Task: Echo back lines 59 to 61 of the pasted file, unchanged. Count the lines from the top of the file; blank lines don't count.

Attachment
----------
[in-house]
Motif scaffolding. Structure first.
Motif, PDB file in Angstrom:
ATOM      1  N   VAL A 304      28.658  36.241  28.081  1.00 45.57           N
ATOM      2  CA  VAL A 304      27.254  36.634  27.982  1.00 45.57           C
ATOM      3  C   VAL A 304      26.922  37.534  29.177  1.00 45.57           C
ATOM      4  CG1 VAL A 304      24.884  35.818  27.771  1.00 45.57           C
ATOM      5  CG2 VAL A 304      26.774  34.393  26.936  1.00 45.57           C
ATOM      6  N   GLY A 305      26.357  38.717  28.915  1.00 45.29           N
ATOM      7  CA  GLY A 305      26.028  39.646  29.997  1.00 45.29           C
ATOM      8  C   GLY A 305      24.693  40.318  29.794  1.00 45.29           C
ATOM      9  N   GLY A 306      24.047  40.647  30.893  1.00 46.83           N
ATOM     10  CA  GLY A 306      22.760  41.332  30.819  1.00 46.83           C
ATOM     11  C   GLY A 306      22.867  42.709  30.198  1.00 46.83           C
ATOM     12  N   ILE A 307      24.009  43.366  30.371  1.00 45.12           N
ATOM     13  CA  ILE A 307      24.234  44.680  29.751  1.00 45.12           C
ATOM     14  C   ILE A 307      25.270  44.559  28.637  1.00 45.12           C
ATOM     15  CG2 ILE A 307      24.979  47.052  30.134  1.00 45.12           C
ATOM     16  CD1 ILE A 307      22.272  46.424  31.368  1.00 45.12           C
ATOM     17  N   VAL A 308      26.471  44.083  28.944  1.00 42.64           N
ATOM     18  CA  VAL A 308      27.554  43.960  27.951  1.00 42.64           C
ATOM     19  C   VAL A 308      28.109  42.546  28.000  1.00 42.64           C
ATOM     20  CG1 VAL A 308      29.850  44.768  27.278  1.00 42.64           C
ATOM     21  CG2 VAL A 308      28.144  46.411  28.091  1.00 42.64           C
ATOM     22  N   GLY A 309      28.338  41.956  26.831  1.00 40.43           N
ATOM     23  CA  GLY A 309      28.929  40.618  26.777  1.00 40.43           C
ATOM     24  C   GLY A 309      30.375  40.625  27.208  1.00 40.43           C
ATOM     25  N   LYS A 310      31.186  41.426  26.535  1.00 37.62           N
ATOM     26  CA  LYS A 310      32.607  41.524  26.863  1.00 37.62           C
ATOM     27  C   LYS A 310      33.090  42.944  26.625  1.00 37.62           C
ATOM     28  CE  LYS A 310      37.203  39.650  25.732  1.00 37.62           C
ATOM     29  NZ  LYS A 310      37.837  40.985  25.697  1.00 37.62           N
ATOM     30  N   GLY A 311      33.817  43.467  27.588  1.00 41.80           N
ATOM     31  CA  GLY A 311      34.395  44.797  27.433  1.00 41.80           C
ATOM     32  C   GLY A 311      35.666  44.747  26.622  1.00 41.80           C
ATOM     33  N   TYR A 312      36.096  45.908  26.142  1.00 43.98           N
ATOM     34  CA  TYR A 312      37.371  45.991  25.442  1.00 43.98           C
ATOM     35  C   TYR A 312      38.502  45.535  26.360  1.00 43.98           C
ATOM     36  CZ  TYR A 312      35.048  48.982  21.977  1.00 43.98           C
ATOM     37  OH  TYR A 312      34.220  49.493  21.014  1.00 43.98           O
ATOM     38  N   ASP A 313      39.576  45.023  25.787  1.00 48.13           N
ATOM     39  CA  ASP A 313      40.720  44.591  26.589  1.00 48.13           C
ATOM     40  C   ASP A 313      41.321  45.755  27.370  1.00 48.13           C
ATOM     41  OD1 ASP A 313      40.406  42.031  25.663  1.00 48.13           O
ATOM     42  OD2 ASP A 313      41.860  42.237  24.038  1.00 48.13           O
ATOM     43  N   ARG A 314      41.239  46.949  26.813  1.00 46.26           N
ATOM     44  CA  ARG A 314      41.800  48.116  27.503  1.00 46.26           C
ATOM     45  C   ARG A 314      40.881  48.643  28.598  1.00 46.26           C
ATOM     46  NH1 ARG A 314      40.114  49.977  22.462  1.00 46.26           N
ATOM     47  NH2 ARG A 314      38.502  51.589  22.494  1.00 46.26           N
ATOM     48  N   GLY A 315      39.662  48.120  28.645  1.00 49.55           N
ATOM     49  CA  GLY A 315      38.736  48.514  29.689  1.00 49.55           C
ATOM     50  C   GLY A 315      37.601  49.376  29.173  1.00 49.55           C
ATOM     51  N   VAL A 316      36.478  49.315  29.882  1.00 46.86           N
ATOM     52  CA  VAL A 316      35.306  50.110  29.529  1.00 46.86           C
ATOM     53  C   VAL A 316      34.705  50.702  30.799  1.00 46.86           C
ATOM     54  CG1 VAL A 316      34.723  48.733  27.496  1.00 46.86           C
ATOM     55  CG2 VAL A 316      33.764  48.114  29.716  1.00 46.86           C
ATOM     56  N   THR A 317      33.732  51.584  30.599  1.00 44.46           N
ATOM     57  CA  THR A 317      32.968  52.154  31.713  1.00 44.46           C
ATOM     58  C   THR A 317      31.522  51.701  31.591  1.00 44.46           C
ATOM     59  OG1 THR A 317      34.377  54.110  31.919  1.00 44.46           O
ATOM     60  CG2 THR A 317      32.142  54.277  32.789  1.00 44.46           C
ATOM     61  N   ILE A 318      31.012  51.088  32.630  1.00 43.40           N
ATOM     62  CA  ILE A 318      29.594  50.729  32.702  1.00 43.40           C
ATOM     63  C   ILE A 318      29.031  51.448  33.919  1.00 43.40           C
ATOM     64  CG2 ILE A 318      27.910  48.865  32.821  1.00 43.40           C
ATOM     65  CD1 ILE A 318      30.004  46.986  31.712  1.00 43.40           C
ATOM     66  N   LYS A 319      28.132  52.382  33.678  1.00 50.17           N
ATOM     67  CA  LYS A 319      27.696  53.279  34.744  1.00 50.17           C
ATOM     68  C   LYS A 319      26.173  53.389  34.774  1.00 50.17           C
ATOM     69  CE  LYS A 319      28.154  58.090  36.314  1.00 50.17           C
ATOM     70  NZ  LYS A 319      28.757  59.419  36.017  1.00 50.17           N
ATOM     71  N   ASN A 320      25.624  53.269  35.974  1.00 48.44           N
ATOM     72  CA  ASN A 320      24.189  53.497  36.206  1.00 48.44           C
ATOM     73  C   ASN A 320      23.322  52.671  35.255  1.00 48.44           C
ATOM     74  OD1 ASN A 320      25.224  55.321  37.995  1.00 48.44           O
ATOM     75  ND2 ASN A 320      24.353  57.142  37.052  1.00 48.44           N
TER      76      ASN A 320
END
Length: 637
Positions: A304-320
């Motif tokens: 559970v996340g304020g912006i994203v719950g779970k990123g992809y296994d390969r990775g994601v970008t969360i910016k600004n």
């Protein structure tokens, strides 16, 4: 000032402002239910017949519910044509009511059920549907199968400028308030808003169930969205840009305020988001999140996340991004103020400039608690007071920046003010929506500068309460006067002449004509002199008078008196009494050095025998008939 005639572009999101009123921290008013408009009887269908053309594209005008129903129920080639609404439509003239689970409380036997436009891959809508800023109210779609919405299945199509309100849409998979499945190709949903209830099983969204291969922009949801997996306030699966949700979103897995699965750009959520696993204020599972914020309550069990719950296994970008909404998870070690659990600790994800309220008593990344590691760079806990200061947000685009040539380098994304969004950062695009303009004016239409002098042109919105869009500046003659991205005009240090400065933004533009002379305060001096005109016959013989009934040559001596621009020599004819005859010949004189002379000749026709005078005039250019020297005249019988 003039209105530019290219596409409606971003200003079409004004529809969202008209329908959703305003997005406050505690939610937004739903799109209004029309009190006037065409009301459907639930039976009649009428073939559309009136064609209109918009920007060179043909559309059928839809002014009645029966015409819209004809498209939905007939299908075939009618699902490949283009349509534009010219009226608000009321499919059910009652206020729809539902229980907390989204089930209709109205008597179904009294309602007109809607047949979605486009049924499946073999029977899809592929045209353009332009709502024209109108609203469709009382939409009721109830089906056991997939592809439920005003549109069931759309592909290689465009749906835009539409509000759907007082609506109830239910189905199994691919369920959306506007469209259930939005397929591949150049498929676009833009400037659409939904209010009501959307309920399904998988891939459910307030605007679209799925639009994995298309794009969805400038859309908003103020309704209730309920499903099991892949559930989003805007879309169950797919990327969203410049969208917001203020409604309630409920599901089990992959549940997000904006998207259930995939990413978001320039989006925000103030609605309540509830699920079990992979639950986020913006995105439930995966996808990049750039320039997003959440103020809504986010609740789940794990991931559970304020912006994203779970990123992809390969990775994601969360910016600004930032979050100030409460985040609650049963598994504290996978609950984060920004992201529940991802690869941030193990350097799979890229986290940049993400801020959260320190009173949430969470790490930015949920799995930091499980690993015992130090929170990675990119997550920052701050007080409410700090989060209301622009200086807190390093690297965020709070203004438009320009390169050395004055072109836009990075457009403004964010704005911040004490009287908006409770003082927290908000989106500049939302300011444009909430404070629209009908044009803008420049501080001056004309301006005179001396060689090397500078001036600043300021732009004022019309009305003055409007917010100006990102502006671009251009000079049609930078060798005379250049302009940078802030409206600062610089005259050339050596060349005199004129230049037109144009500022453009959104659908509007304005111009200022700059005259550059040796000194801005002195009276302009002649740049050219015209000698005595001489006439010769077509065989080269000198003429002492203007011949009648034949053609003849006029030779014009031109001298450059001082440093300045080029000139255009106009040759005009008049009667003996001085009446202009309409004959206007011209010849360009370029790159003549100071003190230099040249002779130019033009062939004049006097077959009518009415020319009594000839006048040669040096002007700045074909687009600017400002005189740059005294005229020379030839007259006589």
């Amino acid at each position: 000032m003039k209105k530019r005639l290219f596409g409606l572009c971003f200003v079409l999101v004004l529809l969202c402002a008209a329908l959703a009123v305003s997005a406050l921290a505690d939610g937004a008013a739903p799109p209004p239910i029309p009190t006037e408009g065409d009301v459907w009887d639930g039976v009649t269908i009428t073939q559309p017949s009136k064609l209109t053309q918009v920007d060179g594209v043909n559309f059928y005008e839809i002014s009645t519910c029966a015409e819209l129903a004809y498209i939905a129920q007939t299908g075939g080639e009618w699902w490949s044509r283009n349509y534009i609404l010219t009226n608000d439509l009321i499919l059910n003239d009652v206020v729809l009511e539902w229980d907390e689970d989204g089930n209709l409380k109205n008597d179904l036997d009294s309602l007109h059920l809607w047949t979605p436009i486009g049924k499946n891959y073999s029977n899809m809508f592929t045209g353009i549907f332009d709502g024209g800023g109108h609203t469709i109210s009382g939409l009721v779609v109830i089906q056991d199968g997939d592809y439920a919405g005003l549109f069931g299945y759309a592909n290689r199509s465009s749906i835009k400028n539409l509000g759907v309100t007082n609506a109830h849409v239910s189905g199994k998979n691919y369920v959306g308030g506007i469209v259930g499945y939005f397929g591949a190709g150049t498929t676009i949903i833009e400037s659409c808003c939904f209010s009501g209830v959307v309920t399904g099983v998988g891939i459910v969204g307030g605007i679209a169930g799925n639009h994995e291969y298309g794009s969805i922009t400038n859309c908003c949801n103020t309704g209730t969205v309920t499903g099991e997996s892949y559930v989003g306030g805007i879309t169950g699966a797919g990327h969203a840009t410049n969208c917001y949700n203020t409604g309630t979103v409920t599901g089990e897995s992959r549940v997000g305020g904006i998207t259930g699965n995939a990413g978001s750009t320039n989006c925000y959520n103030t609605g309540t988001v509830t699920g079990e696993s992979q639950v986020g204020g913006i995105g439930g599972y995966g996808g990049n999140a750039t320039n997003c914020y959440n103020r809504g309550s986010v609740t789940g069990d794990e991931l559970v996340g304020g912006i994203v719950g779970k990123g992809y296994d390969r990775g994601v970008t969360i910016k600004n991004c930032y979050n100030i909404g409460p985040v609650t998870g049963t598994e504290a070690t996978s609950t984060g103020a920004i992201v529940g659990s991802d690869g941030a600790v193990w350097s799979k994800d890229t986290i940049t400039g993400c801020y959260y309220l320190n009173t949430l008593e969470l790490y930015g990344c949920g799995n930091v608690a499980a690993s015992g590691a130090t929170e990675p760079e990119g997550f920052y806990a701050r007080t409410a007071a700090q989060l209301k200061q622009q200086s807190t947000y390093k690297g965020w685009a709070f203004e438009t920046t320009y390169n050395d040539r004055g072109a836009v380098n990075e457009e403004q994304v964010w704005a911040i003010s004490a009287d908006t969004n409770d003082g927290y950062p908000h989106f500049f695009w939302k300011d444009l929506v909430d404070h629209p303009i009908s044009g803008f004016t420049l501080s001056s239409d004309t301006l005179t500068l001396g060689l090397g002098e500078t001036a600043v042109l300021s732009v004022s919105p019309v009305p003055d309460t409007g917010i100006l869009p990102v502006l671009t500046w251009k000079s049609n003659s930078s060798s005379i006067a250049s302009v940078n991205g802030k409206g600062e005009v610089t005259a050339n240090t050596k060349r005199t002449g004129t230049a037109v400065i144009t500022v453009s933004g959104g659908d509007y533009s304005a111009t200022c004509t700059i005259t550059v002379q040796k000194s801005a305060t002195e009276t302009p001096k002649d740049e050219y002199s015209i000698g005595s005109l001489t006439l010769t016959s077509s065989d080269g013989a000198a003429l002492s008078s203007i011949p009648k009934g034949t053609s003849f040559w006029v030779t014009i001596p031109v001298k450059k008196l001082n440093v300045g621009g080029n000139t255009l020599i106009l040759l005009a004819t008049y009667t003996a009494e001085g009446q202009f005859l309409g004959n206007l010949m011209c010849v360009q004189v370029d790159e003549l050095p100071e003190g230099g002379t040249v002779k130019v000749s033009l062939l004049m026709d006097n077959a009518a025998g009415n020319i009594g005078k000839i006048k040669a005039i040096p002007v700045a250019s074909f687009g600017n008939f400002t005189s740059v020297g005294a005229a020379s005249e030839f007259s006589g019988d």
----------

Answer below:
ATOM     56  N   THR A 317      33.732  51.584  30.599  1.00 44.46           N
ATOM     57  CA  THR A 317      32.968  52.154  31.713  1.00 44.46           C
ATOM     58  C   THR A 317      31.522  51.701  31.591  1.00 44.46           C